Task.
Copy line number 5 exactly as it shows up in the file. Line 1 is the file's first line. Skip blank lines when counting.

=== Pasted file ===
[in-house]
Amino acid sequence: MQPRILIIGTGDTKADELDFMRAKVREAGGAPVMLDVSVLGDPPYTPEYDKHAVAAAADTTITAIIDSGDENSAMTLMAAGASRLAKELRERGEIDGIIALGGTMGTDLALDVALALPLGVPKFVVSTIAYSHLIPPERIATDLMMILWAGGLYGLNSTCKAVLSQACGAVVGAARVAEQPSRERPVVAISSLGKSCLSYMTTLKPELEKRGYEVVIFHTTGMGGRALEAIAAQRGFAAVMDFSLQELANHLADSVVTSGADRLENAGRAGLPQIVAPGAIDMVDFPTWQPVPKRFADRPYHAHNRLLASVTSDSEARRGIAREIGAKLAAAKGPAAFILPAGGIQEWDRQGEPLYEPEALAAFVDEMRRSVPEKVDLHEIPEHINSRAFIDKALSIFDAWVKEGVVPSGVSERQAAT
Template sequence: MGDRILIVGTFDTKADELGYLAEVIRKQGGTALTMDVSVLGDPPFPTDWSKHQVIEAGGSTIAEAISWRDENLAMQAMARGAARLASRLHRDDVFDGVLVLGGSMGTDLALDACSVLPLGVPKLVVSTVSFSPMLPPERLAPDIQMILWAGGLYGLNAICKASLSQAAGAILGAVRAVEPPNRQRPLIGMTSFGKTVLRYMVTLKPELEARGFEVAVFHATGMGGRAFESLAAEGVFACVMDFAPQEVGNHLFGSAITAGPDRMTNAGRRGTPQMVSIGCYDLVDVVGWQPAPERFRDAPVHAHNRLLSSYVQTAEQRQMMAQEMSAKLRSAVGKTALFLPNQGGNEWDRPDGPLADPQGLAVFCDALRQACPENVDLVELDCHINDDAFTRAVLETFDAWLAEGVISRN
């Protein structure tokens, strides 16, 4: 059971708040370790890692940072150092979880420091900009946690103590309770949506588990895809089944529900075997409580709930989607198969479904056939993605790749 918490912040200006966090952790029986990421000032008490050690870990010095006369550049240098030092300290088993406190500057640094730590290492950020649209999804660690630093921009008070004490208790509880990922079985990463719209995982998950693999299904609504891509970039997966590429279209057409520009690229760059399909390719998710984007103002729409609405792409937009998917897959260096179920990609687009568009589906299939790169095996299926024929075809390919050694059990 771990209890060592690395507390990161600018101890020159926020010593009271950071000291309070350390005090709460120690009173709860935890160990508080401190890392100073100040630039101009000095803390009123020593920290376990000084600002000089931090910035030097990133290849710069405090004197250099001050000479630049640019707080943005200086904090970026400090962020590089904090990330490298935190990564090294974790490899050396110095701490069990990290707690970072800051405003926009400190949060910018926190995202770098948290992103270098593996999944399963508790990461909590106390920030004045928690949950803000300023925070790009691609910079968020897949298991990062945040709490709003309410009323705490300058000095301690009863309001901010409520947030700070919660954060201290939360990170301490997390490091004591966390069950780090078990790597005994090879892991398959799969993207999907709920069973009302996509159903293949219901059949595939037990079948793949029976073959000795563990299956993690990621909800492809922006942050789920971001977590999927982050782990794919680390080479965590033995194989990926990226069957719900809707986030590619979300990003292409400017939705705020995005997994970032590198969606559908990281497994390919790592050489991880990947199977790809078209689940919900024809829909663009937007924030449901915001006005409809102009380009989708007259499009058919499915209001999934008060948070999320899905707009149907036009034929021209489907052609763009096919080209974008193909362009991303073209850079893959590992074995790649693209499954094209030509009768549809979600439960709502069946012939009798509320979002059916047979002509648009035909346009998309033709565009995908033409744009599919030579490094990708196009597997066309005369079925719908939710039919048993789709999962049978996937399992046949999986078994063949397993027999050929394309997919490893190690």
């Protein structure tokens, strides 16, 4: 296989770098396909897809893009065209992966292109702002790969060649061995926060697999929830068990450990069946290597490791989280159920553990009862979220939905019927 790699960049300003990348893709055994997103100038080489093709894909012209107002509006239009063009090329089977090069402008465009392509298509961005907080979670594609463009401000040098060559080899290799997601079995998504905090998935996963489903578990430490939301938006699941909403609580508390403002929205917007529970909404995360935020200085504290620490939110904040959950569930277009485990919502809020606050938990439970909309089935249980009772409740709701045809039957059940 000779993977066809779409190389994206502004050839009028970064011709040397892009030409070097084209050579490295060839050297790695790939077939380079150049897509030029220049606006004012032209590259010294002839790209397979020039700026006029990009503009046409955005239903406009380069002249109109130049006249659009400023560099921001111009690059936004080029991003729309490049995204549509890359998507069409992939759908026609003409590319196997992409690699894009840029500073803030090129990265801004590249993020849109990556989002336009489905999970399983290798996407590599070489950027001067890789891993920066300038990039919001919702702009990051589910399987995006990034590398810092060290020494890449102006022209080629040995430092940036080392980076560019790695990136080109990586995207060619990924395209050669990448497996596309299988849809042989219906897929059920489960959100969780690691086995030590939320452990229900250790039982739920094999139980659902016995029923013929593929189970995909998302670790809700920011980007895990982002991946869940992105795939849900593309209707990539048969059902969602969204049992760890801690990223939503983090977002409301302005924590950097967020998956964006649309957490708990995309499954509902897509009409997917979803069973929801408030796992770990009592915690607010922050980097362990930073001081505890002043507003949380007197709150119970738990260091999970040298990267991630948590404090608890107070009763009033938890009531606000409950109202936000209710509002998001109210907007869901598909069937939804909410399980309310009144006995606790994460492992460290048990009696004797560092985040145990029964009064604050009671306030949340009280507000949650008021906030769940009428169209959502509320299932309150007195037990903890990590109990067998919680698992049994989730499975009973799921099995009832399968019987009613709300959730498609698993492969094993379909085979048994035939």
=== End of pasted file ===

């Protein structure tokens, strides 16, 4: 296989770098396909897809893009065209992966292109702002790969060649061995926060697999929830068990450990069946290597490791989280159920553990009862979220939905019927 790699960049300003990348893709055994997103100038080489093709894909012209107002509006239009063009090329089977090069402008465009392509298509961005907080979670594609463009401000040098060559080899290799997601079995998504905090998935996963489903578990430490939301938006699941909403609580508390403002929205917007529970909404995360935020200085504290620490939110904040959950569930277009485990919502809020606050938990439970909309089935249980009772409740709701045809039957059940 000779993977066809779409190389994206502004050839009028970064011709040397892009030409070097084209050579490295060839050297790695790939077939380079150049897509030029220049606006004012032209590259010294002839790209397979020039700026006029990009503009046409955005239903406009380069002249109109130049006249659009400023560099921001111009690059936004080029991003729309490049995204549509890359998507069409992939759908026609003409590319196997992409690699894009840029500073803030090129990265801004590249993020849109990556989002336009489905999970399983290798996407590599070489950027001067890789891993920066300038990039919001919702702009990051589910399987995006990034590398810092060290020494890449102006022209080629040995430092940036080392980076560019790695990136080109990586995207060619990924395209050669990448497996596309299988849809042989219906897929059920489960959100969780690691086995030590939320452990229900250790039982739920094999139980659902016995029923013929593929189970995909998302670790809700920011980007895990982002991946869940992105795939849900593309209707990539048969059902969602969204049992760890801690990223939503983090977002409301302005924590950097967020998956964006649309957490708990995309499954509902897509009409997917979803069973929801408030796992770990009592915690607010922050980097362990930073001081505890002043507003949380007197709150119970738990260091999970040298990267991630948590404090608890107070009763009033938890009531606000409950109202936000209710509002998001109210907007869901598909069937939804909410399980309310009144006995606790994460492992460290048990009696004797560092985040145990029964009064604050009671306030949340009280507000949650008021906030769940009428169209959502509320299932309150007195037990903890990590109990067998919680698992049994989730499975009973799921099995009832399968019987009613709300959730498609698993492969094993379909085979048994035939």